Archives for February 2012

Remembering Ms. Guinea

Guinea Fowl are strange birds, and I had only seen them in pictures when I decided to buy 45 newly hatched chicks.  A third of them were promised as soon as they arrived.  When they were older, I gifted them until I had six remaining.  A half a dozen guinea happily grazing the yard sounded just right.

And then they were discovered by a Great Horned Owl, and within two weeks I was down to one guinea — Ms. Guinea.  She continued to out-smart the Owl for several months.  Each morning she was outside to greet me and would often sit on my home office window looking in.  Guineas can be loud, and no one came to the house without her alarm sounding.

Last week the Owl won.  Such is nature.  My Texture Tuesday project is a tribute to Ms. Guinea.

This is Kim Klassen’s texture “Felicity”.  One layer at normal 19% and one layer at soft light 100%.

Inventory – Counting Beans

Inventory — do we need to count those beans?  Yes, I know, these are peas but you get the picture.  First decision is whether or not inventory is important — to you, to the IRS or to your state.  State?  Yes, numerous states have a tax on inventory, so keep that in mind.

Some common examples of inventory include: Merchandise for sale, raw materials, work in process, finished products and supplies that become part of an item for sale.  If you’re a retail store or a manufacturer then inventory is important.  Keeping up with inventory and “valuing” inventory (if it’s determined to be important) are topics for another day.

Let’s take for example an artist, a jewelry maker.  They have all sorts of materials that go into making a piece of jewelry.  And at any given time they have materials on hand, jewelry they are working on and finished pieces of jewelry.  Do they need to worry about inventory?

When they sell a piece of jewelry, they will want to know what it cost them to make.  Yes, to price the item, they do need to know the cost of the materials and their time — does it need to be exact?  If it’s exact they aren’t going to have time for making jewelry!  But I’ll bet they all have a pretty good idea, and this is good enough.  Don’t make it more difficult than it needs to be.

Now, when it comes to tax reporting, time isn’t important, only materials.  The formula is:

Beginning inventory + purchases – ending inventory = cost of goods sold.

Chances are that inventory (and this is going to depend of $$$) isn’t going to be very important on the tax return, but here’s a sequence that shows why you need at least a general idea of your inventory and report it.   You’ve purchased a lot of materials and made a lot of jewelry, but at the end of the year you still have it.  Not reporting it as inventory would make it look like have a bigger loss than you exactly do.  So, this stuff should be reported as inventory instead of cost of goods sold.  Next year, you have all this stuff so you don’t buy any more, but hey, you sell a ton of it and hardly have anything left at the end of the year.  If you reported inventory in the first year, then it would be become your cost of goods sold and you taxable income is less.  But say you didn’t classify it as inventory the previous year and took a loss — now you have a big profit to report.  Inventory is a way of matching income and expense — it evens out the ups and downs.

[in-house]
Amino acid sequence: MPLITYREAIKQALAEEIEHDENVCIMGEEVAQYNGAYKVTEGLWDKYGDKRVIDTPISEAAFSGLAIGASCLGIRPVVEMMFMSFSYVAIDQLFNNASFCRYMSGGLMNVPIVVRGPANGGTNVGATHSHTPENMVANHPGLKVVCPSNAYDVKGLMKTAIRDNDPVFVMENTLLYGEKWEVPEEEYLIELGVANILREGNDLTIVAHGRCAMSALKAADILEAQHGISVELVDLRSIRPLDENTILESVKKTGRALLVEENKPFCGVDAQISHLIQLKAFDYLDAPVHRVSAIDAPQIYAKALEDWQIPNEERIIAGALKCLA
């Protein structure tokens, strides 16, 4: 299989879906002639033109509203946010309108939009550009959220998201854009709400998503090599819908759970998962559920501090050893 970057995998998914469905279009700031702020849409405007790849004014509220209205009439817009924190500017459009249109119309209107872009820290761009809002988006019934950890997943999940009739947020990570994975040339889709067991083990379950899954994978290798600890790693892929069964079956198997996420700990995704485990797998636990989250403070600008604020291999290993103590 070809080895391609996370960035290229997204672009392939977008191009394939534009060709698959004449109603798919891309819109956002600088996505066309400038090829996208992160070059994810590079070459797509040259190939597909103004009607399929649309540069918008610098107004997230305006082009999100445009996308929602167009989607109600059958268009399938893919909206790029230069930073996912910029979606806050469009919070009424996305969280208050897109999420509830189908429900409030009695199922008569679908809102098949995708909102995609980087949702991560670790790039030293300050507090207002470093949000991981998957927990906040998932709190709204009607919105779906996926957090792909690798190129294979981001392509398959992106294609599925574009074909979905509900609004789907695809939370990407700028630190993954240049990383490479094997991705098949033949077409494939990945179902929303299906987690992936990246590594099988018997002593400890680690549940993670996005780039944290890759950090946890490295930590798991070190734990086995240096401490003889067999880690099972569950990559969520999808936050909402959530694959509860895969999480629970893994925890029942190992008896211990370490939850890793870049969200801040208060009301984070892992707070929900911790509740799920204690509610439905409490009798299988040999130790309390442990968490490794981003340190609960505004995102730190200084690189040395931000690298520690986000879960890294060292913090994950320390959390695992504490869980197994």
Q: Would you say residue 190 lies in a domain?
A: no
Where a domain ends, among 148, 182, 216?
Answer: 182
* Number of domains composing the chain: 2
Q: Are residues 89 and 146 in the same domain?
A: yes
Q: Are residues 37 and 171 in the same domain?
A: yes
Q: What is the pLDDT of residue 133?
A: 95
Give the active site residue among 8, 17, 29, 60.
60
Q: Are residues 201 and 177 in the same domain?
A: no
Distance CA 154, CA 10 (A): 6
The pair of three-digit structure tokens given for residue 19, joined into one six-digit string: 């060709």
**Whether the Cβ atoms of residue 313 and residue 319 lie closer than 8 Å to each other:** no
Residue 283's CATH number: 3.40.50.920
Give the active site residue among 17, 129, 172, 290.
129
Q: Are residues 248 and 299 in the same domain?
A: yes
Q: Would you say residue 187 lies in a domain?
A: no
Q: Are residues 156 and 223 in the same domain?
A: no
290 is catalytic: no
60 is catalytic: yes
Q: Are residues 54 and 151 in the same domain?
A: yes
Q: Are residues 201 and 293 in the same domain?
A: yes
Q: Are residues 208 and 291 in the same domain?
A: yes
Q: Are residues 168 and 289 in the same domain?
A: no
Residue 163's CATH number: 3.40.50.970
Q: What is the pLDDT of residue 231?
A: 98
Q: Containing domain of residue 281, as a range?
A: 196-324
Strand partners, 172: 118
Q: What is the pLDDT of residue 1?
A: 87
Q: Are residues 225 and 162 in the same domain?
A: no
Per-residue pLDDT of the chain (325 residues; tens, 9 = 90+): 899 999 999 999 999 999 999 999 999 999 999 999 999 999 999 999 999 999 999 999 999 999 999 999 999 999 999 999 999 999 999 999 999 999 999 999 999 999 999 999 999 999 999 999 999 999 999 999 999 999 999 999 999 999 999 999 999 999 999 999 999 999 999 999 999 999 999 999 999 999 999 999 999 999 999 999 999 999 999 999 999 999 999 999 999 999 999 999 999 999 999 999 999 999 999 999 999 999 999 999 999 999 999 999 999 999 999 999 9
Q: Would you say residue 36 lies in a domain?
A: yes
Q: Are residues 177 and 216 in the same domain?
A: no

Do I need to count those beans?  No, but I need to know that the bag costs around a dollar, and at year end I have half a bag left for inventory.

Love of Art Blog Party

Our Fly Tribe is hosting a Love of Art Blog Party.  It’s February, so it has to be “love”.  And it’s tax season, so I’m a bit short on time.  But yes, I believe in love — love of art, that is.

It was just a little over a year ago that I with tiny steps began this creative journey, and it has truly been a blessing.  I have had so much fun trying out different techniques, viewing all of the fantastic art out there, getting to know some absolutely wonderful artists, and just piddling.  It has truly been good for my soul, and I don’t want to ever abandon my need for the creative again.

These ATCs are ones that I made for our Fly Tribe February ATC swap.  I did a series using a photograph of my maternal grandmother.

She died at the age of thirty from cervical cancer, and I have always been drawn to this haunting photograph.  I don’t know if it’s unhappiness or sickness or maybe just the pose of the times.  But it felt good to put her on my ATCs knowing that she could be traveling as far as Australia.

There is a lot of Love of Art sharing this week.  The link at the top right takes you to more posts.  Enjoy and do your soul good.